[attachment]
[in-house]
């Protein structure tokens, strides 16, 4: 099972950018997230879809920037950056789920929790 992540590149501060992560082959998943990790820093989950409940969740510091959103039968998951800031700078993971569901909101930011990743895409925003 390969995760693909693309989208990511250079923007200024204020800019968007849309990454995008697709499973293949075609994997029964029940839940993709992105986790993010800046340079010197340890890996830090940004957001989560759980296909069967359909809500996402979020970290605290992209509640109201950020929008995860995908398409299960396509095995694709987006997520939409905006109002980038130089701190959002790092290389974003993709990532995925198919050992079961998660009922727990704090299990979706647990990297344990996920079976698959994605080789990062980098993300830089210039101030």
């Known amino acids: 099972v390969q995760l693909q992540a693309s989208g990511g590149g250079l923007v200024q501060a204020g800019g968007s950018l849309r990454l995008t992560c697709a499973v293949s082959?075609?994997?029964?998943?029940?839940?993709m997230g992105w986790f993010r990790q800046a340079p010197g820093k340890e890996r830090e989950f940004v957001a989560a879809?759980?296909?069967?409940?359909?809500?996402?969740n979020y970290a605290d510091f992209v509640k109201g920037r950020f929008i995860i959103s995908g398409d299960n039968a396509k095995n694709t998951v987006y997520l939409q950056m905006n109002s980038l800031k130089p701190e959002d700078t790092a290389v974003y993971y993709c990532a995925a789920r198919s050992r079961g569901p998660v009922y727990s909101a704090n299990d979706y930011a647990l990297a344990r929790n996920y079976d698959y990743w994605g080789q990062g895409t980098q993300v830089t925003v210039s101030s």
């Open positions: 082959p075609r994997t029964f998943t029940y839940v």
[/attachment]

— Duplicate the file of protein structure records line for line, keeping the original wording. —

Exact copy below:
[in-house]
């Protein structure tokens, strides 16, 4: 099972950018997230879809920037950056789920929790 992540590149501060992560082959998943990790820093989950409940969740510091959103039968998951800031700078993971569901909101930011990743895409925003 390969995760693909693309989208990511250079923007200024204020800019968007849309990454995008697709499973293949075609994997029964029940839940993709992105986790993010800046340079010197340890890996830090940004957001989560759980296909069967359909809500996402979020970290605290992209509640109201950020929008995860995908398409299960396509095995694709987006997520939409905006109002980038130089701190959002790092290389974003993709990532995925198919050992079961998660009922727990704090299990979706647990990297344990996920079976698959994605080789990062980098993300830089210039101030």
């Known amino acids: 099972v390969q995760l693909q992540a693309s989208g990511g590149g250079l923007v200024q501060a204020g800019g968007s950018l849309r990454l995008t992560c697709a499973v293949s082959?075609?994997?029964?998943?029940?839940?993709m997230g992105w986790f993010r990790q800046a340079p010197g820093k340890e890996r830090e989950f940004v957001a989560a879809?759980?296909?069967?409940?359909?809500?996402?969740n979020y970290a605290d510091f992209v509640k109201g920037r950020f929008i995860i959103s995908g398409d299960n039968a396509k095995n694709t998951v987006y997520l939409q950056m905006n109002s980038l800031k130089p701190e959002d700078t790092a290389v974003y993971y993709c990532a995925a789920r198919s050992r079961g569901p998660v009922y727990s909101a704090n299990d979706y930011a647990l990297a344990r929790n996920y079976d698959y990743w994605g080789q990062g895409t980098q993300v830089t925003v210039s101030s």
């Open positions: 082959p075609r994997t029964f998943t029940y839940v």